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Tent Rock Canyon Trails, New Mexico

This climb is excerpted from 75 Hikes in New Mexico, by Craig Martin, published by The Mountaineers, Seattle. ©1995 by Craig Martin. All rights reserved.

Tent Rock Canyon is a narrow slice through some tuff ejected from small volcanoes at the edge of the massive Jemez Volcano. In places the walls of the canyon are 200 feet high, but a child's arms can span the entire width. The canyon takes its name from the surrounding weird towers of tuff capped by harder, more erosion-resistant rocks. The cap rocks offer some protection to the crumbly tuff directly beneath, resulting in a hoard of conical spires roughly shaped like tepees. Two trails lead into the wonderland, one along the base of the cliffs, another into the canyon.

Easy3 miles, day hike
Mid-March through NovemberCarry water
Elevation RangeElevation Gain
5,800 to 6,200 feet400 feet
Interesting FeaturesMaps
Very narrow canyon, strange-shaped rocksUSGS Cañada 7.5' quadrangle

Take I 25 south from Santa Fe or north from Albuquerque to the Cochiti exit, number 264. Go west on NM 16 for about 8 miles to a T intersection. Turn right onto NM 22, heading for Cochiti Dam. Go past the spillway and, at the base of the dam, turn left with NM 22 as it heads toward Cochiti Pueblo. In 1.8 miles, at the end of NM 22, turn right onto FR 266. This dirt road is bumpy but passable to any vehicle. At 4.8 miles, turn right at the Bureau of Land Management (BLM) sign for Tent Rocks. Park in the small lot on the right.

Begin hiking the Tent Rock Canyon Trail at the BLM parking area. Follow the sandy trail, marked with National Recreation Trail signposts, about 100 yards to a junction and bear right. A bit less than 0.5 mile from the start, the trail leads into an arroyo. Bear left and walk up the sandy bottom into a narrowing canyon. Just before reaching the mouth of the canyon, the trail splits; the left fork is the cliff trail, but for now go right into the canyon.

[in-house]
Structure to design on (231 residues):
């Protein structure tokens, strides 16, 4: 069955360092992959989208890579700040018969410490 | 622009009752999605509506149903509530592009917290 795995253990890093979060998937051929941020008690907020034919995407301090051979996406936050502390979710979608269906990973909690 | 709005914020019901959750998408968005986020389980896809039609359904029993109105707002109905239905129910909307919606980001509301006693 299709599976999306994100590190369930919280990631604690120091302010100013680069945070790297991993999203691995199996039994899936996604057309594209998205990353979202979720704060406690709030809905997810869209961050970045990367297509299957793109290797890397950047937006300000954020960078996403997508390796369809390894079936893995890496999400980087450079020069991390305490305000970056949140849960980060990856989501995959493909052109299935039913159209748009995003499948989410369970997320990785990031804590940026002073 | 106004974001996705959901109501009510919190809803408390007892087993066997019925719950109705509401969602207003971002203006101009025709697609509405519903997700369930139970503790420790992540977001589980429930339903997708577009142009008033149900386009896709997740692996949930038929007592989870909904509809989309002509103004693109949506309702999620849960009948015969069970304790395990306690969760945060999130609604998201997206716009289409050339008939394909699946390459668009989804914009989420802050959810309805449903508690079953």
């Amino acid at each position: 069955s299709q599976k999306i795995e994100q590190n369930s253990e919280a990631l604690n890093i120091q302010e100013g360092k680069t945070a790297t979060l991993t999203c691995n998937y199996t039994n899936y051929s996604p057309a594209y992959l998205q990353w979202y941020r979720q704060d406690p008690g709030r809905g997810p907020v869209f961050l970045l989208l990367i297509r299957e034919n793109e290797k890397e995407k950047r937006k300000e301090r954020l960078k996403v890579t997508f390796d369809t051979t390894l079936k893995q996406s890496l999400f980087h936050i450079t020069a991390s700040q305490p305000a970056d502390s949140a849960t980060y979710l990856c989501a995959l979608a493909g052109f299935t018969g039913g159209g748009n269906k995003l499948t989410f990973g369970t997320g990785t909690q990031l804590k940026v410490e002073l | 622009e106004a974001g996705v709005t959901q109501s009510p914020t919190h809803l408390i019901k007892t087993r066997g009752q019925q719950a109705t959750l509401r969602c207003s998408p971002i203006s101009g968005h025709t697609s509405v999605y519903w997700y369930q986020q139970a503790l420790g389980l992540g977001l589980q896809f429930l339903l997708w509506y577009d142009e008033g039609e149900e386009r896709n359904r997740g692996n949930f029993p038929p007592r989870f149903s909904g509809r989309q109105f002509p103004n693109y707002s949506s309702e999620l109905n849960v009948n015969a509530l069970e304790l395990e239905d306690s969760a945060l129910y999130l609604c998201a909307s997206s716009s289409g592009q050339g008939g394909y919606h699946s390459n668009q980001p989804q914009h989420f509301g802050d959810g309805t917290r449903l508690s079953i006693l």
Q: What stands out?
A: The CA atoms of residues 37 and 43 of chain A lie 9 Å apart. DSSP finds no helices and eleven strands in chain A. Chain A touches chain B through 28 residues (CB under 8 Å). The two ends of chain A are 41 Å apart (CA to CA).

"...drop into a broad amphitheater surrounded by banded cliffs. The trail follows the base of the cliffs, passing a cave that shows signs of use by Anasazi/Pueblo people...."

The trail passes between high walls of banded volcanic deposits as the canyon alternates between narrow and open sections. Short stretches are a squeeze for an adult with a daypack. At one point hikers must crawl under a boulder to continue, but this only adds to the fun.

At mile 1.2, a primitive trail continues 0.25 mile to a viewpoint above, climbing the steep slope on loose rock. From the viewpoint, backtrack to the mouth of the canyon. Just outside the canyon, turn right onto the cliff route and climb steeply out of the arroyo. After 200 yards, drop into a broad amphitheater surrounded by banded cliffs. The trail follows the base of the cliffs, passing a cave that shows signs of use by Anasazi/Pueblo people. Just past the cave, descend into a narrow arroyo. At the bottom, turn left and walk down the arroyo. In 100 yards, cross a larger arroyo and continue as the trail skirts the base of the western side of the amphitheater to the parking area.

Craig Martin
Born and raised in the suburbs of Philadelphia, Craig Martin fell in love with the mountains of New Mexico at the age of twelve when a fellow Boy Scout shared pictures of his trip to Philmont Scout Ranch near Cimarron. He has lived in New Mexico since 1987, exploring the state on foot, bike, cross-country skis, or with a fly rod in hand.
After working as a carpenter, a naturalist for the Delaware State Parks and the National Park Service, a geology instructor, and a junior high school science teacher, Martin took over primary care of his then-infant daughter and began a career as a freelance writer. He was editor of the award-winning Fly-Fishing in Northern New Mexico (The University of New Mexico Press, 1991) and its companion volume, Fly Patterns for Northern New Mexico (University of New Mexico Press, 1992). He has also written three mountain bike guides including Mountain Biking in Northern New Mexico which features twenty-five tours into New Mexico's historical and geologic past. His writings have appeared in such magazines as Sesame Street Parents, Delaware Conservationist, New Mexico Magazine, Fly Fisherman, and The Flyfisher.
Martin lives in Los Alamos, New Mexico, with his wife, June and children, Jessica and Alex, who all share his love of the outdoors.